Our database also provides us with measures on the sequencing of sectors as they reopened. As countries announced their reopening plans, they typically did so in phases that featured the reopening of different sectors. Figure 4a shows, on average, industries were among the first to reopen, while retail and services were featured mostly in phase 2. Schools and international travel were often among the last to reopen, although in some countries schools did open in the first phase. Figure 4b shows the significant amount of variability across sectors and countries in easing actions. The figure plots the total extent of easing restrictions by sector on the left hand side axis and the average fraction of restrictions eased on the right hand side axis. By the end of June, countries had eased 33–66 percent of their lockdown restrictions by easing a range of restrictions across sectors.

Figure 4.
Figure 4.

Sequence of Reopening Sectors and Easing Actions

Citation: IMF Working Papers 2020, 218; 10.5089/9781513559704.001.A001

Note: The graph in the left is boxplot which shows the distribution, across countries, of the phase in which each sector opened. The graph in the right panel plots the cumulative change in the reopening index as of June 30, 2020. The index ranges from 0 to 18 based on the opening status of school, retail, services, industry, public-places/events and travel with 0 (open), 1 (open with restrictions), 2 (partially open), 3(closed); dots show the extent of restrictions removed (in percent).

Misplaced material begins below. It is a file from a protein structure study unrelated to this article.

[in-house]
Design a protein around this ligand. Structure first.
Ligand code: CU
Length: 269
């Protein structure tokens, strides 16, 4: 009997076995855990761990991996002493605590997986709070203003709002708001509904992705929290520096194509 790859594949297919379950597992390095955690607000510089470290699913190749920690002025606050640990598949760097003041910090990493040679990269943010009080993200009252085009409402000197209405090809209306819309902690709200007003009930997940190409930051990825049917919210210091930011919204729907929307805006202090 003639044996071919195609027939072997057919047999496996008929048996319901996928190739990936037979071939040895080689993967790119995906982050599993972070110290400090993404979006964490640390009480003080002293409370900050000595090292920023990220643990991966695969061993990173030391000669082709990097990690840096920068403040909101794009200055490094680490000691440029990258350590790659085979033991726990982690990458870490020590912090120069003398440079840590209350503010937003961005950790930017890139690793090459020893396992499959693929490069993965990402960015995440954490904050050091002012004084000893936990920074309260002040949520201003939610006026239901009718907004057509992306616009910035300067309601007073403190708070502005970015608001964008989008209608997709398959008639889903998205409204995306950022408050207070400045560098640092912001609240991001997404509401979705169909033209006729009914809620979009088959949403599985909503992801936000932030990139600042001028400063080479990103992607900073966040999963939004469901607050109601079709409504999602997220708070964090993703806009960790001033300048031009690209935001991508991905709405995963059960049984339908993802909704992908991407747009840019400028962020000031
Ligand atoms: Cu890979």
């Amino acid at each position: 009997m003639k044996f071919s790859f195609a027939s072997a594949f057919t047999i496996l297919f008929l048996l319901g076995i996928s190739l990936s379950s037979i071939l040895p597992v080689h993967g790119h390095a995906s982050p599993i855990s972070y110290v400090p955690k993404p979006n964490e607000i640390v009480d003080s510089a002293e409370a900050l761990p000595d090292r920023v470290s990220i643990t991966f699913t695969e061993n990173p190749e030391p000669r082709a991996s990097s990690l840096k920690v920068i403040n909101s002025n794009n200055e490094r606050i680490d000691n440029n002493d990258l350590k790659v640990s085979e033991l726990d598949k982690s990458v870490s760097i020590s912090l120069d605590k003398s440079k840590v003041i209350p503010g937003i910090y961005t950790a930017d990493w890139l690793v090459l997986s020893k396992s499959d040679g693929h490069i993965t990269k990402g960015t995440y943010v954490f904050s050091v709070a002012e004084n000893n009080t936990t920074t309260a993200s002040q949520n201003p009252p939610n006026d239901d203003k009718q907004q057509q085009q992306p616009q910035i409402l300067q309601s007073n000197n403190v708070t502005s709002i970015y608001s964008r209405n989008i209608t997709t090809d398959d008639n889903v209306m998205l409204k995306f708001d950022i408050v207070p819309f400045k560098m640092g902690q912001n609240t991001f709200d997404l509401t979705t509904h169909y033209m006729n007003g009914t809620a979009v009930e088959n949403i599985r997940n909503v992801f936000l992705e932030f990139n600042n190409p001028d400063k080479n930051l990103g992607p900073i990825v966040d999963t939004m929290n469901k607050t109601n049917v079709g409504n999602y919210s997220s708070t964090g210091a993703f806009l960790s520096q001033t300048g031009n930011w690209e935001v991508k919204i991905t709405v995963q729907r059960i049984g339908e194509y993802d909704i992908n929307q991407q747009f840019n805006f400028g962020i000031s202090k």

B. Trends in Mobility and Infection

In this section we document broad patterns around the evolution of mobility and infection before and after reopening. Figure 5 plots the average and inter-quartile range for workplace and retail mobility, across countries in our sample. Both indicators are normalized to take the value zero at each country’s reopening date. It can be seen that work-place mobility was below -5 percent prior to reopening and then gradually picked up on average, to reach 20 percent about a month after reopening. The pickup in retail mobility, in contrast, was relatively more quick, rebounding from the pre-reopening value of -10 percent to 20 percent, one month after reopening. For both indicators of mobility, the figure also shows a fairly narrow interquartile range suggesting that most countries experienced very similar mobility patterns upon reopening, with the average value broadly representative of each country’s trend.

Figure 5.
Figure 5.

Trends around Reopening: Mobility

Citation: IMF Working Papers 2020, 218; 10.5089/9781513559704.001.A001